All-Star Batman and Robin the Boy Wonder #9

Writer: Frank Miller Artist: Jim Lee Publisher: DC Comics Release Date: February 27, 2008 Critic Reviews: 7 User Reviews: 9
6.6Critic Rating
5.6User Rating

The Dynamic Duo: yellow-bellied? Green Lantern tries to convince Batman & Robin to fall in line, but the pair takes him to color theory!

  • 9.0
    The Weekly Crisis - Kirk Warren Feb 27, 2008

    I'd buy this book for those first dozen pages and would be more than satisfied. Would liked to have seen the Joker or Catwoman at least make another cameo, but it was a goddamn fine goddamn AllStar Batman issue, so no real complaints from me. Read Full Review

  • 8.5
    Comic Book Revolution - Rokk Krinn Mar 3, 2008

    I thoroughly enjoyed All Star Batman and Robin #9. However, I definitely don't recommend this issue to everyone. Miller is definitely an acquired taste. I certainly would not recommend All Star Batman and Robin to fans of Hal Jordan who don't possess a sense of humor. This definitely is not an issue I think that they would particularly enjoy. I also would not recommend All Star Batman and Robin to fans who are a bit on the sensitive and delicate side. Miller's Batman is raw, offensive and unfiltered. And if you cannot stomach Miller's pulp fiction styled dialogue then you will not enjoy this issue at all. Read Full Review

  • 8.0
    Comics Bulletin - Chris Murman Mar 2, 2008

    In seventy some-odd years, our dear Dark Knight has learned quite the lesson or two from his run-ins with some of the best bad guys in comics. This is not that man yet, and Miller's assertion that Bats must break a few eggs to make an omelet is a welcome idea to this reader. Hardly anybody knows how to make the right decision the first time around, so it's okay to reflect that with my favorite super hero. Read Full Review

  • 7.7
    IGN - Dan Phillips Feb 27, 2008

    Bring on the hate mail. Read Full Review

  • 7.0
    Comics Bulletin - Dave Wallace Mar 2, 2008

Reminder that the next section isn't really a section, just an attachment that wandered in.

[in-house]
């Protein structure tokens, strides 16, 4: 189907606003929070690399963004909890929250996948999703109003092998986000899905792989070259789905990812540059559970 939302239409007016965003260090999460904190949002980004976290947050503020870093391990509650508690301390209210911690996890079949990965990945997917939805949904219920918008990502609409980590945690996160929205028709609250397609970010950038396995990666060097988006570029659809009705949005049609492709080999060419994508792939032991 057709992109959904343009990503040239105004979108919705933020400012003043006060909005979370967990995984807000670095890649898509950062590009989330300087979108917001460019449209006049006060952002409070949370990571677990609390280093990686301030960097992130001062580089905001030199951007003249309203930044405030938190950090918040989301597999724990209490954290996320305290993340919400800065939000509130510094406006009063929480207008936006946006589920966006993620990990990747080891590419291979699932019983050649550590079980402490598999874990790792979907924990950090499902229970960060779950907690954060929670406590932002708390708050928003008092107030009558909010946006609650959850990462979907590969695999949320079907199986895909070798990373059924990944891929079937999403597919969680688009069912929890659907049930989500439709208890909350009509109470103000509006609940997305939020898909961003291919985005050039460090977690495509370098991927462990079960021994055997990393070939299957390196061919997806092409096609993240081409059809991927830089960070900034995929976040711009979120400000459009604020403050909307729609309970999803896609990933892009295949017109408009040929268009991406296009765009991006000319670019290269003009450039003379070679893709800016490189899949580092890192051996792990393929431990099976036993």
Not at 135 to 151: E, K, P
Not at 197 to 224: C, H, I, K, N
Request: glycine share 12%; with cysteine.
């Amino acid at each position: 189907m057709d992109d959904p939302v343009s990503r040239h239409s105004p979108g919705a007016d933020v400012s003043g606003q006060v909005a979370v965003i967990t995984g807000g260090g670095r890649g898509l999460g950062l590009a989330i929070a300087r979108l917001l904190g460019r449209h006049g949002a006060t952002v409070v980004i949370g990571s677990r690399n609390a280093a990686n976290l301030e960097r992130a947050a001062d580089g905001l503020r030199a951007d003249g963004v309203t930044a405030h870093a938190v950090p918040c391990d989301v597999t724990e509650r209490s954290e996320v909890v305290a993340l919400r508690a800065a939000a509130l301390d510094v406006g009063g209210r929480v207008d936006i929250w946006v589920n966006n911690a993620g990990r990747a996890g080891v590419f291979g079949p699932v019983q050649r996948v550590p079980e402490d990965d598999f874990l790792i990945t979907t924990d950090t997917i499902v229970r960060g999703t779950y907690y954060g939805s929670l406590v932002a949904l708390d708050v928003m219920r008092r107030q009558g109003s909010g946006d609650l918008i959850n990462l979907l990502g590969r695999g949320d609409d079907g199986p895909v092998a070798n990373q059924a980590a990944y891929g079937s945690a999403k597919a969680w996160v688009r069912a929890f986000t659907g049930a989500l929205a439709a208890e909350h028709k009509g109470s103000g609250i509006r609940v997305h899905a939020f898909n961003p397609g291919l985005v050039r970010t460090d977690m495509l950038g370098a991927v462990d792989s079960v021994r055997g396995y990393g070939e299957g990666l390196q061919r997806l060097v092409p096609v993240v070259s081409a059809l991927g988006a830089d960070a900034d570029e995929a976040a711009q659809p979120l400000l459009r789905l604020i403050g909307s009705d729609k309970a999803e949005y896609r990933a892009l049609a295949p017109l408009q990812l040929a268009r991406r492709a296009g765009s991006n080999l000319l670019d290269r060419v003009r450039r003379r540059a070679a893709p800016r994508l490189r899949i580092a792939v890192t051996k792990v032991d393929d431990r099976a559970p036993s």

It might have been a long time coming, but this book is getting better, and the plot is starting to make a little more sense with each issue. That's not to say that it's providing a great story, because it hasn't yet convinced me that Miller has any kind of real plan for where he's taking the characters, and the plot still feels a little like it's being made up as Miller goes along. However, this issue at least manages to be entertaining, and - compared to some of the earlier issues - fairly restrained. If Miller had been paired with a less talented artist, I might have given up on the book by now - or at least been content to wait for the collected editions rather than buying the issues on a monthly (well, you know what I mean) basis. However, the combination of Miller's unique writing and Lee's solid art is enjoyable enough that I still look forward to reading the book on an issue-to-issue basis. Unless things take a turn for the worse again, I'll probably continue to keep buyin Read Full Review

  • 5.0
    Comics Bulletin - Thom Young Mar 2, 2008

    I'll admit that there's something here worthy of pondering, but it's too muddled with what I firmly believe is Miller's lack of respect for his audience. I can't care about this series any longer. Read Full Review

  • 0.8
    Weekly Comic Book Review - J. Montes Mar 1, 2008

    When things finally become serious, the book becomes readable and even a tad interesting. Alex Sinclair's lush coloring returns, we get some trademarked gorgeous splash pages by Jim Lee, and even Frank Miller's narrative becomes compelling. It's just too bad it only lasts for five pages. If you must buy this book (like me), make sure you pick up the variant Neal Adams cover. It's pure awesome. Read Full Review

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